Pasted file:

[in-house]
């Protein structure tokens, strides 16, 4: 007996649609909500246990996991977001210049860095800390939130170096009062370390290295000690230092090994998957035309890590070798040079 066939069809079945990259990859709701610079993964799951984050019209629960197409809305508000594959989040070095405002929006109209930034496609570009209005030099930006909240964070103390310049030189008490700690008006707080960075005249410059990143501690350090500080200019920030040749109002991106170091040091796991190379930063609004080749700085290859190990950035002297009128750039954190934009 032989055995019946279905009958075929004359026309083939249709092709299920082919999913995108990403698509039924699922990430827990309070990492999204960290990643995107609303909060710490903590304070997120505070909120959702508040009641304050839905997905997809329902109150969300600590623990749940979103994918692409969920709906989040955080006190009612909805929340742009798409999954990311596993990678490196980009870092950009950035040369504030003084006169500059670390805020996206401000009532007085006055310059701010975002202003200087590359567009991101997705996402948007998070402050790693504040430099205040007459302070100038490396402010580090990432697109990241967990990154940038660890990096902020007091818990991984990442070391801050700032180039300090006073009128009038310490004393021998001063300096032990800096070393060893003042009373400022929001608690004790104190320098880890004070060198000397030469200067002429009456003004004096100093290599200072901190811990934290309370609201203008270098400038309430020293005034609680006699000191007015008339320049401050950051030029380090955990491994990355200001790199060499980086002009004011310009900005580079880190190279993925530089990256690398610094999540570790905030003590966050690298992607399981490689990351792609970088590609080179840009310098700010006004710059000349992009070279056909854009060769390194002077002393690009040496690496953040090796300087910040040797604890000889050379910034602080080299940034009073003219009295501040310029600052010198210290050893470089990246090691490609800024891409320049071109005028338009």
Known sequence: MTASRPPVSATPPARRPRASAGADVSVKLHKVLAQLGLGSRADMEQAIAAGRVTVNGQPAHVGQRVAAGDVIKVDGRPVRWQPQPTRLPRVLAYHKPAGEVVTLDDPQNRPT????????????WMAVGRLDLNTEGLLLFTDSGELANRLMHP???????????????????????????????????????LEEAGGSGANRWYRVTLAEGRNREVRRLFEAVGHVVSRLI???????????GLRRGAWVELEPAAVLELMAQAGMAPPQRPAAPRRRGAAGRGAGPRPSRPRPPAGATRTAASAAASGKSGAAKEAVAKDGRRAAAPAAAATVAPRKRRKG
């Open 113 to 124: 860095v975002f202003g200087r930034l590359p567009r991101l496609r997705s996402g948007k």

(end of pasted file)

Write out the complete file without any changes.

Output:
[in-house]
């Protein structure tokens, strides 16, 4: 007996649609909500246990996991977001210049860095800390939130170096009062370390290295000690230092090994998957035309890590070798040079 066939069809079945990259990859709701610079993964799951984050019209629960197409809305508000594959989040070095405002929006109209930034496609570009209005030099930006909240964070103390310049030189008490700690008006707080960075005249410059990143501690350090500080200019920030040749109002991106170091040091796991190379930063609004080749700085290859190990950035002297009128750039954190934009 032989055995019946279905009958075929004359026309083939249709092709299920082919999913995108990403698509039924699922990430827990309070990492999204960290990643995107609303909060710490903590304070997120505070909120959702508040009641304050839905997905997809329902109150969300600590623990749940979103994918692409969920709906989040955080006190009612909805929340742009798409999954990311596993990678490196980009870092950009950035040369504030003084006169500059670390805020996206401000009532007085006055310059701010975002202003200087590359567009991101997705996402948007998070402050790693504040430099205040007459302070100038490396402010580090990432697109990241967990990154940038660890990096902020007091818990991984990442070391801050700032180039300090006073009128009038310490004393021998001063300096032990800096070393060893003042009373400022929001608690004790104190320098880890004070060198000397030469200067002429009456003004004096100093290599200072901190811990934290309370609201203008270098400038309430020293005034609680006699000191007015008339320049401050950051030029380090955990491994990355200001790199060499980086002009004011310009900005580079880190190279993925530089990256690398610094999540570790905030003590966050690298992607399981490689990351792609970088590609080179840009310098700010006004710059000349992009070279056909854009060769390194002077002393690009040496690496953040090796300087910040040797604890000889050379910034602080080299940034009073003219009295501040310029600052010198210290050893470089990246090691490609800024891409320049071109005028338009």
Known sequence: MTASRPPVSATPPARRPRASAGADVSVKLHKVLAQLGLGSRADMEQAIAAGRVTVNGQPAHVGQRVAAGDVIKVDGRPVRWQPQPTRLPRVLAYHKPAGEVVTLDDPQNRPT????????????WMAVGRLDLNTEGLLLFTDSGELANRLMHP???????????????????????????????????????LEEAGGSGANRWYRVTLAEGRNREVRRLFEAVGHVVSRLI???????????GLRRGAWVELEPAAVLELMAQAGMAPPQRPAAPRRRGAAGRGAGPRPSRPRPPAGATRTAASAAASGKSGAAKEAVAKDGRRAAAPAAAATVAPRKRRKG
């Open 113 to 124: 860095v975002f202003g200087r930034l590359p567009r991101l496609r997705s996402g948007k």